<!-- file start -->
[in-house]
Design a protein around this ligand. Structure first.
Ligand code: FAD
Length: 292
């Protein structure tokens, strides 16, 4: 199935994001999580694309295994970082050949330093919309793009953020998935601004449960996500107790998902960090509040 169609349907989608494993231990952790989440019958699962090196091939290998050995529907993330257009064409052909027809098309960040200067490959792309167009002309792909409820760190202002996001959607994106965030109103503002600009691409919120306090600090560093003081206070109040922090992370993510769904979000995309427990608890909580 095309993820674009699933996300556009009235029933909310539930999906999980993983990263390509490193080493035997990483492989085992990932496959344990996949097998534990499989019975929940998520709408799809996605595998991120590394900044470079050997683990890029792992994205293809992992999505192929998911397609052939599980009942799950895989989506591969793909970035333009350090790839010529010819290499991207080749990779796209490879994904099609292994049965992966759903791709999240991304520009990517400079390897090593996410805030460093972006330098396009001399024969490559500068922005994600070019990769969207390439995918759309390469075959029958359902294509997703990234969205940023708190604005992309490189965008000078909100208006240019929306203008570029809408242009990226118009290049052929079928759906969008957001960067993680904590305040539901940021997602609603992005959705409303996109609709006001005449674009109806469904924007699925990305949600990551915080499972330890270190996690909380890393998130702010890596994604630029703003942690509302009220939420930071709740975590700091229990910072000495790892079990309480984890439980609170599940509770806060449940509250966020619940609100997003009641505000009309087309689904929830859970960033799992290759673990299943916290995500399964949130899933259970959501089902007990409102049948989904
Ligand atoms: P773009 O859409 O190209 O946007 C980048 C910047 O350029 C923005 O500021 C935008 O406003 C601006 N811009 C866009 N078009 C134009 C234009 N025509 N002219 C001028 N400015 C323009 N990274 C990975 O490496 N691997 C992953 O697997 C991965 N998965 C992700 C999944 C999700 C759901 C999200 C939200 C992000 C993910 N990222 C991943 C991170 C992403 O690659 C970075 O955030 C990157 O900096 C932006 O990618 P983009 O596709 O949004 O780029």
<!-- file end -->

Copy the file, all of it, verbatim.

[in-house]
Design a protein around this ligand. Structure first.
Ligand code: FAD
Length: 292
């Protein structure tokens, strides 16, 4: 199935994001999580694309295994970082050949330093919309793009953020998935601004449960996500107790998902960090509040 169609349907989608494993231990952790989440019958699962090196091939290998050995529907993330257009064409052909027809098309960040200067490959792309167009002309792909409820760190202002996001959607994106965030109103503002600009691409919120306090600090560093003081206070109040922090992370993510769904979000995309427990608890909580 095309993820674009699933996300556009009235029933909310539930999906999980993983990263390509490193080493035997990483492989085992990932496959344990996949097998534990499989019975929940998520709408799809996605595998991120590394900044470079050997683990890029792992994205293809992992999505192929998911397609052939599980009942799950895989989506591969793909970035333009350090790839010529010819290499991207080749990779796209490879994904099609292994049965992966759903791709999240991304520009990517400079390897090593996410805030460093972006330098396009001399024969490559500068922005994600070019990769969207390439995918759309390469075959029958359902294509997703990234969205940023708190604005992309490189965008000078909100208006240019929306203008570029809408242009990226118009290049052929079928759906969008957001960067993680904590305040539901940021997602609603992005959705409303996109609709006001005449674009109806469904924007699925990305949600990551915080499972330890270190996690909380890393998130702010890596994604630029703003942690509302009220939420930071709740975590700091229990910072000495790892079990309480984890439980609170599940509770806060449940509250966020619940609100997003009641505000009309087309689904929830859970960033799992290759673990299943916290995500399964949130899933259970959501089902007990409102049948989904
Ligand atoms: P773009 O859409 O190209 O946007 C980048 C910047 O350029 C923005 O500021 C935008 O406003 C601006 N811009 C866009 N078009 C134009 C234009 N025509 N002219 C001028 N400015 C323009 N990274 C990975 O490496 N691997 C992953 O697997 C991965 N998965 C992700 C999944 C999700 C759901 C999200 C939200 C992000 C993910 N990222 C991943 C991170 C992403 O690659 C970075 O955030 C990157 O900096 C932006 O990618 P983009 O596709 O949004 O780029």